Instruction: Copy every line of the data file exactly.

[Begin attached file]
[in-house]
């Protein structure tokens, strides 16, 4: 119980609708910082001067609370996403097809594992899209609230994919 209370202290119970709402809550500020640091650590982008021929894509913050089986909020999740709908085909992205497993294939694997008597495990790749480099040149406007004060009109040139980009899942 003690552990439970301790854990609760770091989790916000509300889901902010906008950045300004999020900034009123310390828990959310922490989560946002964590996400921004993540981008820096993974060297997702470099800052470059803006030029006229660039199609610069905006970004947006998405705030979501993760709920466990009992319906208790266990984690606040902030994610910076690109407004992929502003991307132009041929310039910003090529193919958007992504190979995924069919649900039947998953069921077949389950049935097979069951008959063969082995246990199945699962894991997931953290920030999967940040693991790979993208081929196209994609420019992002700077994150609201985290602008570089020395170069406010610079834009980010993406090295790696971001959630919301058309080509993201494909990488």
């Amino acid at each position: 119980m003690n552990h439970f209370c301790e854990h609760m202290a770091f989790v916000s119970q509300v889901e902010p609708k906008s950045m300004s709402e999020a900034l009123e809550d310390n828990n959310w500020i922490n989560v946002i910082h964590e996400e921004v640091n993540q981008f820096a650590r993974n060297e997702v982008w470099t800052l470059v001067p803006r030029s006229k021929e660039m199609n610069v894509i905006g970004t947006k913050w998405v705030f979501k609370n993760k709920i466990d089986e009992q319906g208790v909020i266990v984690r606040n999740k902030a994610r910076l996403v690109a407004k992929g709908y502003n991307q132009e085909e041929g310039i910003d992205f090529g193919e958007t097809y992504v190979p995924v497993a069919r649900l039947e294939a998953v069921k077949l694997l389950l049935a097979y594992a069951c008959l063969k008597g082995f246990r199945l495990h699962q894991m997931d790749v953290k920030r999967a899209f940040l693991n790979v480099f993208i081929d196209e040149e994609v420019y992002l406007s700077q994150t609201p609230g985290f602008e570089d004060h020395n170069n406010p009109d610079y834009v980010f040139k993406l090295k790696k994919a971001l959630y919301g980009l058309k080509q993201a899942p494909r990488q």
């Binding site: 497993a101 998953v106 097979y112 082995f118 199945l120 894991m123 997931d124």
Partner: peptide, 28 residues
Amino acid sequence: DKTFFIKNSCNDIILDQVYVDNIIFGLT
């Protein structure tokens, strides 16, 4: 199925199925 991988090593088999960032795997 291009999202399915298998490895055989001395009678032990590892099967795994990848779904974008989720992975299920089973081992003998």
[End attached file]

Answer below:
[in-house]
């Protein structure tokens, strides 16, 4: 119980609708910082001067609370996403097809594992899209609230994919 209370202290119970709402809550500020640091650590982008021929894509913050089986909020999740709908085909992205497993294939694997008597495990790749480099040149406007004060009109040139980009899942 003690552990439970301790854990609760770091989790916000509300889901902010906008950045300004999020900034009123310390828990959310922490989560946002964590996400921004993540981008820096993974060297997702470099800052470059803006030029006229660039199609610069905006970004947006998405705030979501993760709920466990009992319906208790266990984690606040902030994610910076690109407004992929502003991307132009041929310039910003090529193919958007992504190979995924069919649900039947998953069921077949389950049935097979069951008959063969082995246990199945699962894991997931953290920030999967940040693991790979993208081929196209994609420019992002700077994150609201985290602008570089020395170069406010610079834009980010993406090295790696971001959630919301058309080509993201494909990488």
């Amino acid at each position: 119980m003690n552990h439970f209370c301790e854990h609760m202290a770091f989790v916000s119970q509300v889901e902010p609708k906008s950045m300004s709402e999020a900034l009123e809550d310390n828990n959310w500020i922490n989560v946002i910082h964590e996400e921004v640091n993540q981008f820096a650590r993974n060297e997702v982008w470099t800052l470059v001067p803006r030029s006229k021929e660039m199609n610069v894509i905006g970004t947006k913050w998405v705030f979501k609370n993760k709920i466990d089986e009992q319906g208790v909020i266990v984690r606040n999740k902030a994610r910076l996403v690109a407004k992929g709908y502003n991307q132009e085909e041929g310039i910003d992205f090529g193919e958007t097809y992504v190979p995924v497993a069919r649900l039947e294939a998953v069921k077949l694997l389950l049935a097979y594992a069951c008959l063969k008597g082995f246990r199945l495990h699962q894991m997931d790749v953290k920030r999967a899209f940040l693991n790979v480099f993208i081929d196209e040149e994609v420019y992002l406007s700077q994150t609201p609230g985290f602008e570089d004060h020395n170069n406010p009109d610079y834009v980010f040139k993406l090295k790696k994919a971001l959630y919301g980009l058309k080509q993201a899942p494909r990488q």
């Binding site: 497993a101 998953v106 097979y112 082995f118 199945l120 894991m123 997931d124």
Partner: peptide, 28 residues
Amino acid sequence: DKTFFIKNSCNDIILDQVYVDNIIFGLT
């Protein structure tokens, strides 16, 4: 199925199925 991988090593088999960032795997 291009999202399915298998490895055989001395009678032990590892099967795994990848779904974008989720992975299920089973081992003998």